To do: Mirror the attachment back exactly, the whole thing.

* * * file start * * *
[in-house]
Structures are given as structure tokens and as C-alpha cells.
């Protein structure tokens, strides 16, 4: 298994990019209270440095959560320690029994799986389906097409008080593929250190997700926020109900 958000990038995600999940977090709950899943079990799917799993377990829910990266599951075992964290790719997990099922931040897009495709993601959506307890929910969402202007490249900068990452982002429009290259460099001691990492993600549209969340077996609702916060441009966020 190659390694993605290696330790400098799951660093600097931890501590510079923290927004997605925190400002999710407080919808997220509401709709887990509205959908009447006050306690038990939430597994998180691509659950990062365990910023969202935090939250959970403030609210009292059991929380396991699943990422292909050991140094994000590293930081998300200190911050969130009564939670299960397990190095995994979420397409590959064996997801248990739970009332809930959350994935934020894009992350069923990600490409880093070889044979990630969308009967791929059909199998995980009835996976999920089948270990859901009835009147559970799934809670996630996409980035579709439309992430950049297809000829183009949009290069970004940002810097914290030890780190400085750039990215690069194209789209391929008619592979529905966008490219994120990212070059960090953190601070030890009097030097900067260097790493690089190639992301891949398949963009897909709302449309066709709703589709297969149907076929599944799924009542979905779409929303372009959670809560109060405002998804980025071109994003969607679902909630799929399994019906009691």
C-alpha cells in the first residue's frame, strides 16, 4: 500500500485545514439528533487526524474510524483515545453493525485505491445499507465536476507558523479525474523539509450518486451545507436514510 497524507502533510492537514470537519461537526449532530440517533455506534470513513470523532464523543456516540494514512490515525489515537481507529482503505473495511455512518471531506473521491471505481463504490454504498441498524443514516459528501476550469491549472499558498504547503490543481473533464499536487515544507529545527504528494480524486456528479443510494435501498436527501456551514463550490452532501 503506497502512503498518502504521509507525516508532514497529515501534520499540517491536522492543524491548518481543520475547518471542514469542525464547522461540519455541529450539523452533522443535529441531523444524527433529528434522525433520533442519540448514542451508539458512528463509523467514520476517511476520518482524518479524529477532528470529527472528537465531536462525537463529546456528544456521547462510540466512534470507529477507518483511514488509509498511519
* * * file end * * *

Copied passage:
[in-house]
Structures are given as structure tokens and as C-alpha cells.
């Protein structure tokens, strides 16, 4: 298994990019209270440095959560320690029994799986389906097409008080593929250190997700926020109900 958000990038995600999940977090709950899943079990799917799993377990829910990266599951075992964290790719997990099922931040897009495709993601959506307890929910969402202007490249900068990452982002429009290259460099001691990492993600549209969340077996609702916060441009966020 190659390694993605290696330790400098799951660093600097931890501590510079923290927004997605925190400002999710407080919808997220509401709709887990509205959908009447006050306690038990939430597994998180691509659950990062365990910023969202935090939250959970403030609210009292059991929380396991699943990422292909050991140094994000590293930081998300200190911050969130009564939670299960397990190095995994979420397409590959064996997801248990739970009332809930959350994935934020894009992350069923990600490409880093070889044979990630969308009967791929059909199998995980009835996976999920089948270990859901009835009147559970799934809670996630996409980035579709439309992430950049297809000829183009949009290069970004940002810097914290030890780190400085750039990215690069194209789209391929008619592979529905966008490219994120990212070059960090953190601070030890009097030097900067260097790493690089190639992301891949398949963009897909709302449309066709709703589709297969149907076929599944799924009542979905779409929303372009959670809560109060405002998804980025071109994003969607679902909630799929399994019906009691």
C-alpha cells in the first residue's frame, strides 16, 4: 500500500485545514439528533487526524474510524483515545453493525485505491445499507465536476507558523479525474523539509450518486451545507436514510 497524507502533510492537514470537519461537526449532530440517533455506534470513513470523532464523543456516540494514512490515525489515537481507529482503505473495511455512518471531506473521491471505481463504490454504498441498524443514516459528501476550469491549472499558498504547503490543481473533464499536487515544507529545527504528494480524486456528479443510494435501498436527501456551514463550490452532501 503506497502512503498518502504521509507525516508532514497529515501534520499540517491536522492543524491548518481543520475547518471542514469542525464547522461540519455541529450539523452533522443535529441531523444524527433529528434522525433520533442519540448514542451508539458512528463509523467514520476517511476520518482524518479524529477532528470529527472528537465531536462525537463529546456528544456521547462510540466512534470507529477507518483511514488509509498511519